Pharmaceutical Glaze
» Pharmaceutical Glaze is a specially denatured alcoholic solution of Shellac containing between 20.0 and 57.0 percent of anhydrous shellac and is made with either dehydrated alcohol or alcohol containing 5 percent of water by volume. The solvent is a specially denatured alcohol approved for glaze manufacturing by the Internal Revenue Service. It contains not less than 90.0 percent and not more than 110.0 percent of the labeled amount of shellac. It may contain waxes, and it may contain Titanium Dioxide as an opaquing agent.
Packaging and storage— Preserve in tight, lined metal or plastic containers, protected from excessive heat, preferably at a temperature below 25.
Labeling— Label it to indicate the shellac type (see under Shellac) and concentration, the composition of the solvent, and the quantity of titanium dioxide, if present. Where titanium dioxide or waxes are present, the label states that the Glaze requires mixing before use.
Acid value— Accurately weigh, by difference, a quantity of Glaze containing about 2 g of shellac, dissolve in 50 mL of alcohol that has been neutralized to phenolphthalein with 0.1 N sodium hydroxide, add additional phenolphthalein TS, if necessary, and titrate with 0.1 N sodium hydroxide VS to a pink endpoint. [note—For Glaze containing orange shellac, titrate slowly, stirring vigorously, until a glass rod dipped into the titrated solution produces a color change when touched to a drop of thymol blue TS on a spot plate. ] Express the acid value in terms of the number of mg of potassium hydroxide required per g of dried shellac. It meets the requirement for Acid value under Shellac.
Wax— Accurately weigh, by difference, a quantity of Glaze containing about 10 g of shellac into a 200-mL tall-form beaker. Add, with stirring, 150 mL of hot water containing 2.5 g of sodium carbonate, and proceed as directed in the test for Wax under Shellac, beginning with “immerse the beaker.” It meets the requirement for Wax under Shellac.
Identification, Heavy metals, and Rosin— Pour the remainder of the solution in the volumetric flask, retained from the Assay, onto a clean glass plate, and place the plate in a nearly vertical position. After drainage is complete, allow the resulting film to dry in a well-ventilated place at 20 for 1 hour, then place the plate in an oven at a temperature of 43 for 16 to 24 hours. Cool, and scrape the film from the plate with a sharp blade, discarding the thick edges: it responds to the Identification test and meets the requirements of the tests for Heavy metals, and Rosin under Shellac.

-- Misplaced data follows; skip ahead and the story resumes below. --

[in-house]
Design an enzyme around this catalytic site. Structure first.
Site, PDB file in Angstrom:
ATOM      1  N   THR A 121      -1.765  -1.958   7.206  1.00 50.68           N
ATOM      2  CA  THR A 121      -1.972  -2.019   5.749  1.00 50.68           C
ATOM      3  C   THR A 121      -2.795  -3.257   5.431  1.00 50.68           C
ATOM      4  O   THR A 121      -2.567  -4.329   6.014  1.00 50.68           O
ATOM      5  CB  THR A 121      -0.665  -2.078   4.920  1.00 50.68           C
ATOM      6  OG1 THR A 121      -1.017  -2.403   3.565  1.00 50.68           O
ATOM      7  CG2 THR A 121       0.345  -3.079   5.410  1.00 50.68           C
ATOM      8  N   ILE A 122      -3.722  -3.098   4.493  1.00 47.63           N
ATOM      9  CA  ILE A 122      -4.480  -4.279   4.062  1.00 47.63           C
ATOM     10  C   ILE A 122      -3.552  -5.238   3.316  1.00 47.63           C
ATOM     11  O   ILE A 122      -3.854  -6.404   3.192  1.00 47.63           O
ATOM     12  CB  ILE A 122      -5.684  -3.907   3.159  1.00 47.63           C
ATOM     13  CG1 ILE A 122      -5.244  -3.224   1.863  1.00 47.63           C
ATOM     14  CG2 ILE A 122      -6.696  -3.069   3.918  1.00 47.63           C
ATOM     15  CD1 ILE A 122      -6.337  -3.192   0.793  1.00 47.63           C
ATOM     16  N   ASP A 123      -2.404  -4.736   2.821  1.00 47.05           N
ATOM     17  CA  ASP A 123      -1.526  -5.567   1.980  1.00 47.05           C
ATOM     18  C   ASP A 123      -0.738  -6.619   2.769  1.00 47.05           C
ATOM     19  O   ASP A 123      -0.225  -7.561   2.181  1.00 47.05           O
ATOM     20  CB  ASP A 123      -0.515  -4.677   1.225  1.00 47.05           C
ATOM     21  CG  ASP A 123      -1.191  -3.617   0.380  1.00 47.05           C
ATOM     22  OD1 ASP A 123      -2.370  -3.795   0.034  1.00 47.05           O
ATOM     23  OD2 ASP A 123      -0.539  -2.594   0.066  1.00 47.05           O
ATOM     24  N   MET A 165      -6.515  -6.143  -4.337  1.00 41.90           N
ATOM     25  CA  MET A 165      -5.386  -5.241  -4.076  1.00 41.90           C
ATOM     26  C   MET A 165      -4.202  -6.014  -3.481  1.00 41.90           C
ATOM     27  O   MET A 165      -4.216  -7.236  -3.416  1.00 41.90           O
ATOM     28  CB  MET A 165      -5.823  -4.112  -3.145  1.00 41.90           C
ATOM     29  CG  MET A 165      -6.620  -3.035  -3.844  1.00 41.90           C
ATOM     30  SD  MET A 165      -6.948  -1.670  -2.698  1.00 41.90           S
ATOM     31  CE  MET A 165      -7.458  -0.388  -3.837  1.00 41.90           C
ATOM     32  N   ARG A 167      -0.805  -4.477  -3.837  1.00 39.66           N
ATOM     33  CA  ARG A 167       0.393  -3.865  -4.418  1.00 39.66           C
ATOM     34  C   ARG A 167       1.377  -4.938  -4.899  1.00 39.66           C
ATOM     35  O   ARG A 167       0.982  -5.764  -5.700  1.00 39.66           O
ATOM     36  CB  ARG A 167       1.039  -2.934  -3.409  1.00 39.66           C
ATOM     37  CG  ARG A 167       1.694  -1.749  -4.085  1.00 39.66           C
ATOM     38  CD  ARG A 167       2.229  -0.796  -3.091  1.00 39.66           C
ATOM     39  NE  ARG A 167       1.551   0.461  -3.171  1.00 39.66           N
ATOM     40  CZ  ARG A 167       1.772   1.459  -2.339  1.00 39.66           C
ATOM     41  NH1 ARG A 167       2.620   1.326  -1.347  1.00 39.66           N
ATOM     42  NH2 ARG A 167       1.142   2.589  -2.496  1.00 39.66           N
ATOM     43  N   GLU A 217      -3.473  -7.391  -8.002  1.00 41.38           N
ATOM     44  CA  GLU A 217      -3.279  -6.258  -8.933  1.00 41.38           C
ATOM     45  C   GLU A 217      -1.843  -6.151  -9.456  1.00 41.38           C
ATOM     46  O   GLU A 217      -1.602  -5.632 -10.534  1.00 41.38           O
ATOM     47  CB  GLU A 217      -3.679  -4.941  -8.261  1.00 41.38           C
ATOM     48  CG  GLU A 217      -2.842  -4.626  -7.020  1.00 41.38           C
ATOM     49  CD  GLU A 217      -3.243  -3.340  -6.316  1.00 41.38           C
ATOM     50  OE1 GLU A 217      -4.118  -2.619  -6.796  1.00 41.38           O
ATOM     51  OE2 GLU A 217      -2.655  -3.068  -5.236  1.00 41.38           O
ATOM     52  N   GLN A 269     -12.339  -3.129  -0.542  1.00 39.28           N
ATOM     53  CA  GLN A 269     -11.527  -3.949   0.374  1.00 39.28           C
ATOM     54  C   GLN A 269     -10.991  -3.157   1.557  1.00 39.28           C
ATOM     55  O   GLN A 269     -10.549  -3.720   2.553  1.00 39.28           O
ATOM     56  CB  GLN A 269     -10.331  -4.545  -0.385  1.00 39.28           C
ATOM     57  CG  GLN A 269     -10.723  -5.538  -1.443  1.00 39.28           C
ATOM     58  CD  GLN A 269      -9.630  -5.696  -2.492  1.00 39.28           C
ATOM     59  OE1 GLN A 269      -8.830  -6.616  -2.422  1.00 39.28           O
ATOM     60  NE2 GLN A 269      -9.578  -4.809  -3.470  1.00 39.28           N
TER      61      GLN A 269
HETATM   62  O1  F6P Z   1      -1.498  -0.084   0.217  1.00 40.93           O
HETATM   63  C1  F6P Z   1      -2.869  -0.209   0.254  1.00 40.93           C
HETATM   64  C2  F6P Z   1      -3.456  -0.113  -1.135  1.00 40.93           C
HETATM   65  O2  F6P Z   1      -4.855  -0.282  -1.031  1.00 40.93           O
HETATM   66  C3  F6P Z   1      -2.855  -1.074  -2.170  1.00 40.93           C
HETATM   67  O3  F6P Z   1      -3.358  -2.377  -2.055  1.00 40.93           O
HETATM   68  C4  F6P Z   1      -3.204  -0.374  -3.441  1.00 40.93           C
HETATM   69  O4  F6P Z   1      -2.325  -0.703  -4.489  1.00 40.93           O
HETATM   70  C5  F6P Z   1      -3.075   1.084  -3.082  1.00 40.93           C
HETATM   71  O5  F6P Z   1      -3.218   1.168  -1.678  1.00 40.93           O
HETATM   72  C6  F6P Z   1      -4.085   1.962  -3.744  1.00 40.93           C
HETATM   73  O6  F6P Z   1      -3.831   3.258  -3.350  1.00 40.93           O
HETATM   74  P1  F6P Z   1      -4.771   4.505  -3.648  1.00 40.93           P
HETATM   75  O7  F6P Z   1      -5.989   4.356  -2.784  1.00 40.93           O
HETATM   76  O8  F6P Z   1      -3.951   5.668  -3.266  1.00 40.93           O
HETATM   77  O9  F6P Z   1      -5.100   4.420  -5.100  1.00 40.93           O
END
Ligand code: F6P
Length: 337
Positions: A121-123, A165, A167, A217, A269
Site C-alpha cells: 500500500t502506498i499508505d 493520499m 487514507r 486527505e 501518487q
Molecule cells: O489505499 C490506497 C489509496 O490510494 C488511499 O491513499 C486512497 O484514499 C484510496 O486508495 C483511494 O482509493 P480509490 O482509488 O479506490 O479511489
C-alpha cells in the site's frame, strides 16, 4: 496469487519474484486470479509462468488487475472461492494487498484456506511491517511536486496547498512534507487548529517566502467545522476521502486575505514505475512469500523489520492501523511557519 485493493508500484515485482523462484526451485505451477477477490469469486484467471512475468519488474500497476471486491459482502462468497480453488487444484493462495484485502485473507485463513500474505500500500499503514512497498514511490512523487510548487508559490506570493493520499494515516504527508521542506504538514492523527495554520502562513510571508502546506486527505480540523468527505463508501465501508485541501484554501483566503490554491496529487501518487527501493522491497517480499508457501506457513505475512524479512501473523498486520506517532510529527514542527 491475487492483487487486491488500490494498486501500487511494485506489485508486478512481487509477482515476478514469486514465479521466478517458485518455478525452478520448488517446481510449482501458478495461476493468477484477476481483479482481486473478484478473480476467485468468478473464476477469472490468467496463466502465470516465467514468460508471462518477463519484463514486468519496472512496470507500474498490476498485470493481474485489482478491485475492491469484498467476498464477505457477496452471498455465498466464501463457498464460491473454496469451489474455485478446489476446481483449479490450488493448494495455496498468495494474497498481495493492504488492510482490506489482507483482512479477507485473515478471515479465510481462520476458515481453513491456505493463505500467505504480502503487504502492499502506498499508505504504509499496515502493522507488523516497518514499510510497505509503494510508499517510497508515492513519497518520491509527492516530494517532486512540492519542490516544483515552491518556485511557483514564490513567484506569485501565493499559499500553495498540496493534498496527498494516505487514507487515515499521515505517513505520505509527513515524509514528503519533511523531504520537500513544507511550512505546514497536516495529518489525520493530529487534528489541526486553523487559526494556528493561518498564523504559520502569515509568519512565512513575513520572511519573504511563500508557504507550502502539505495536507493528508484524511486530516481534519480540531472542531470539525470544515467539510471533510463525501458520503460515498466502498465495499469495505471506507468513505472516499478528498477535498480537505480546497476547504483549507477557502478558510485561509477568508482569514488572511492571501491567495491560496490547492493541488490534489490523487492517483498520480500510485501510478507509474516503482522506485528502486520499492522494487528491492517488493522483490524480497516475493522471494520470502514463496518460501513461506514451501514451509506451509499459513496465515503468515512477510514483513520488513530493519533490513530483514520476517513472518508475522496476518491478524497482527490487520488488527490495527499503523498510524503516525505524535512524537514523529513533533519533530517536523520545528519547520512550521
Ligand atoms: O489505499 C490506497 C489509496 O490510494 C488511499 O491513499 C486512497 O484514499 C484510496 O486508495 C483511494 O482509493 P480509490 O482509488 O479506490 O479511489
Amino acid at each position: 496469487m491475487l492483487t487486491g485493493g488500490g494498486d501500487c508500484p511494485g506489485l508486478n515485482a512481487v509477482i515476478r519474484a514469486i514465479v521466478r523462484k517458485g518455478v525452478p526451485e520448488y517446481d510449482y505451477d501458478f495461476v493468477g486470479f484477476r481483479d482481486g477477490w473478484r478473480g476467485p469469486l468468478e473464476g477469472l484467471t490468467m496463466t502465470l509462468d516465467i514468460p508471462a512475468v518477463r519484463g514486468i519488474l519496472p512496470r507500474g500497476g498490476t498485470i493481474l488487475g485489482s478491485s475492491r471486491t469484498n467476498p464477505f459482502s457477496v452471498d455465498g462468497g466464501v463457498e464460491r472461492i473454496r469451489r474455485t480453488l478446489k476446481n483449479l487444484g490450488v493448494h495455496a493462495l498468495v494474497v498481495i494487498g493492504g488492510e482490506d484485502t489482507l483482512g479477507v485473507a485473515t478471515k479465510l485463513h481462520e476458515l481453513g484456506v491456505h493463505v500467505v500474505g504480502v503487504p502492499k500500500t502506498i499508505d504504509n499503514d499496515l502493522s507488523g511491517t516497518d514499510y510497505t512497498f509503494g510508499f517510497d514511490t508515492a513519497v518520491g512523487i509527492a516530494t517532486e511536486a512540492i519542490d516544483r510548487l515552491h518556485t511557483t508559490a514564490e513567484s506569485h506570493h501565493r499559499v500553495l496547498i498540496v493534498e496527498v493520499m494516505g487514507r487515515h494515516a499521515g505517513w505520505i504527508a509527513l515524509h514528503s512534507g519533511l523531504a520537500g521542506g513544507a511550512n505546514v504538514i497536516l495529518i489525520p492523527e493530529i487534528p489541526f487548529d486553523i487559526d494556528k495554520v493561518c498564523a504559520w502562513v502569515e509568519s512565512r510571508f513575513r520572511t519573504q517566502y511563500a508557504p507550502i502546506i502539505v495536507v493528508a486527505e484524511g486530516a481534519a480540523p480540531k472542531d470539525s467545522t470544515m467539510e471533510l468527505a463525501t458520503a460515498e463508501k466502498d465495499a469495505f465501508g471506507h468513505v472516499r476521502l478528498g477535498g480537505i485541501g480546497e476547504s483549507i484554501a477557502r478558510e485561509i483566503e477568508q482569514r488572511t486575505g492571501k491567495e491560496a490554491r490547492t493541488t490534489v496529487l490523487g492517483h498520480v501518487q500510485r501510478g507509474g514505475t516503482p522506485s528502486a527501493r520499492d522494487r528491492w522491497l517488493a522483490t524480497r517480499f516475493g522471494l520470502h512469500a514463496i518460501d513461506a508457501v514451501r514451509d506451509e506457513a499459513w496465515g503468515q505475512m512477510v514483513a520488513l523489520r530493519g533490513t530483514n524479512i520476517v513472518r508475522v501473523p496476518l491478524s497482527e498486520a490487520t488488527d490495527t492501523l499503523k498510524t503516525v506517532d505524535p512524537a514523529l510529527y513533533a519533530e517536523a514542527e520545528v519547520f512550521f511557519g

Assay— When testing Glaze that does not contain titanium dioxide, transfer an accurately weighed quantity of Glaze, containing about 17 g of shellac, to a 100-mL volumetric flask, add alcohol to volume, and mix. Pipet 3 mL into a tared dish containing about 10 g of washed sand and a small glass rod. [note—The tare weight includes the combined weights of the dish, the washed sand, and the glass rod. Retain the remaining solution in the volumetric flask for the tests for Identification, Heavy metals, and Rosin. ] Stir until a uniform mixture is obtained, allow the glass rod to remain in the dish, dry at 105 for 1 hour in an explosion-proof oven, cool, and weigh: the weight of shellac in the quantity of Glaze taken is obtained by subtracting the tare weight from the final weight of the dried dish and contents. When testing Glaze that contains titanium dioxide, transfer an accurately weighed quantity, containing about 10 g of solids, to a beaker, and add about 10 mL of alcohol. Filter off the pigment with the aid of vacuum. Wash the filter with alcohol, and transfer the combined filtrate and washing, with the aid of alcohol, to a 200-mL volumetric flask, add alcohol to volume, and mix. Pipet 6 mL into a tared dish containing about 10 g of washed sand and a small glass rod. Proceed as directed above, beginning with the Note.
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Topic/Question Contact Expert Committee
Monograph Hong Wang, Ph.D.
Senior Scientific Liaison
(EXC2010) Monographs - Excipients
USP35–NF30 Page 1809